Facilities have proven to be one of the more expensive, and contentious, issues between the municipalities and the district they broke away from. In Shelby County, the facilities followed the students, meaning that new districts inherited school buildings in their city limits if a majority of its students lived in that city. That meant inheriting some aging buildings with significant maintenance needs. (Shelby County Schools is also dealing with deferred maintenance needs that total about $500 million.)

PHOTO: Helen Carefoot
From left: Signal Mountain committee members Amy Wakim and Tom Petterson and attorney Phillip Noblett.

“We inherited a high school where the roof had leaked so badly for so long, there was mold was growing inside building,” said David Roper, superintendent of Millington Municipal Schools, the most socioeconomic diverse and cash-strapped municipality. “It wasn’t like we took over sparkling clean buildings … and (their condition) had not sat well with Millington for some time.”

4.  Leaders bristled at any suggestion that their pullouts are racially motivated.

The breakaway movement has taken a beating this month from researchers at EdBuild, who released a long-awaited national report labeling the breakaways as secessions and characterizing the trend as a new form of school district segregation.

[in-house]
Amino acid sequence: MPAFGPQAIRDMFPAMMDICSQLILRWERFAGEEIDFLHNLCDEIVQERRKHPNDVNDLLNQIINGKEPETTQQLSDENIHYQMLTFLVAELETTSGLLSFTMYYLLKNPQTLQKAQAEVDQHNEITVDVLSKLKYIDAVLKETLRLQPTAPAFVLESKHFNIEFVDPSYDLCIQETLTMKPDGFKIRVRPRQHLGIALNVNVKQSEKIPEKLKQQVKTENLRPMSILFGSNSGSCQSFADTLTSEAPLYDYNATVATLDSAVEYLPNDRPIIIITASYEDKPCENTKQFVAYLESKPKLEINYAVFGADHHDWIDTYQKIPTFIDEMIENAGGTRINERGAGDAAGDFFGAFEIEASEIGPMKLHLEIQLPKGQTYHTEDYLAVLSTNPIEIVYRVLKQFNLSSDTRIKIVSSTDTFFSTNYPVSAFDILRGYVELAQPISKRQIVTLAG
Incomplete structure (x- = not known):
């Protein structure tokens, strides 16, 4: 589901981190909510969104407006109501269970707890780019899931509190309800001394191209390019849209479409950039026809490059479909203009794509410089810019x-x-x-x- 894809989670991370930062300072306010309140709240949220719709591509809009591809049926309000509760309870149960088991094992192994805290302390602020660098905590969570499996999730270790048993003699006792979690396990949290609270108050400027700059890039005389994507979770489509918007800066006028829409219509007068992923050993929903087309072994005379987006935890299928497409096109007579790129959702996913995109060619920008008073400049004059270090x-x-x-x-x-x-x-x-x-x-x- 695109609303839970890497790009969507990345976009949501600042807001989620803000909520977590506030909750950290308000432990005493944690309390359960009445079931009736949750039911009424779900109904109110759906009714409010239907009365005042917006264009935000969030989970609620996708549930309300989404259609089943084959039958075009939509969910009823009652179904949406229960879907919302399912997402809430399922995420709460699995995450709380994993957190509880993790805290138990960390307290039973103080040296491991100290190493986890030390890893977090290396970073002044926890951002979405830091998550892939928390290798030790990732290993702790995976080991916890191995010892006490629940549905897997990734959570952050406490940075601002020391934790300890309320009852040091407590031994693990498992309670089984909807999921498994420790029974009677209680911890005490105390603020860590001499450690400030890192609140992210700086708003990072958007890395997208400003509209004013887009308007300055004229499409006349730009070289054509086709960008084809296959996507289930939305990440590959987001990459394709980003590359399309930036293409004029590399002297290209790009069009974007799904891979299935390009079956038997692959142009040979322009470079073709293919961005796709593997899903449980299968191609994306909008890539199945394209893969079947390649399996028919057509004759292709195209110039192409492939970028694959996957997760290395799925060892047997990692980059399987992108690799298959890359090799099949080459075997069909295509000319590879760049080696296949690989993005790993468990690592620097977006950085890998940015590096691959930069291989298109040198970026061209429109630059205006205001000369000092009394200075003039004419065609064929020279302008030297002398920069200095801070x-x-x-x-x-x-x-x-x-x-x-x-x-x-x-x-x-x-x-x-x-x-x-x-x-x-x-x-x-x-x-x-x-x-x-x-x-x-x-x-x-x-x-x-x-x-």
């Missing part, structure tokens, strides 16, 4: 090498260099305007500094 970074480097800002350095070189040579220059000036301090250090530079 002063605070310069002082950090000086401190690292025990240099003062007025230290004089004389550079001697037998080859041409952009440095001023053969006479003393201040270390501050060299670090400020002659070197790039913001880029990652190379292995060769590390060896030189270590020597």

That notion riled leaders from the Shelby County municipalities, who say the 2013 merger left many of their residents concerned that their schools would get lost in Tennessee’s largest district.

“It’s not about white or black, rich or poor,” said Pickler. “It’s about a community saying we want something better and are willing to invest our time, our talent, our energy.”

Lewellen of Collierville urged Signal Mountain to record and document every proceeding, in case charges of racism or classism arise.

“People try to rewrite history, and tell you why you did what you did,” Lewellen said. “People say there are underlying motives for it. No there wasn’t. … We wanted to self-govern.”  

PHOTO: Helen Carefoot
“If you build it, they will come,” said David Pickler, the long-time chairman of the county’s legacy schools who helped lead the exodus of towns from the new Shelby County Schools.

When the municipalities first announced plans to break off, the newly consolidated Shelby County Schools sued, charging that race was the motivation for leaving. A federal judge dismissed the suit and a settlement was negotiated.

Friedl expressed concern that a pullout by Signal Mountain would further isolate the community from the rest of Hamilton County, which is poorer and more racially diverse than the mountain.

“Our kids will have a better educational experience if they are exposed to more diversity than they currently are,” Friedl said. “We can’t reach down off mountain and pull kids up. … We can’t manufacture diversity.”

Shelby County leaders suggested open-enrollment policies as a way to avoid the perception of “walling yourselves off.” Any student living in the county can apply to attend a municipal school district free of charge. But there are caps on how many out-of-district students that municipalities can take, and those open-enrollment policies could change.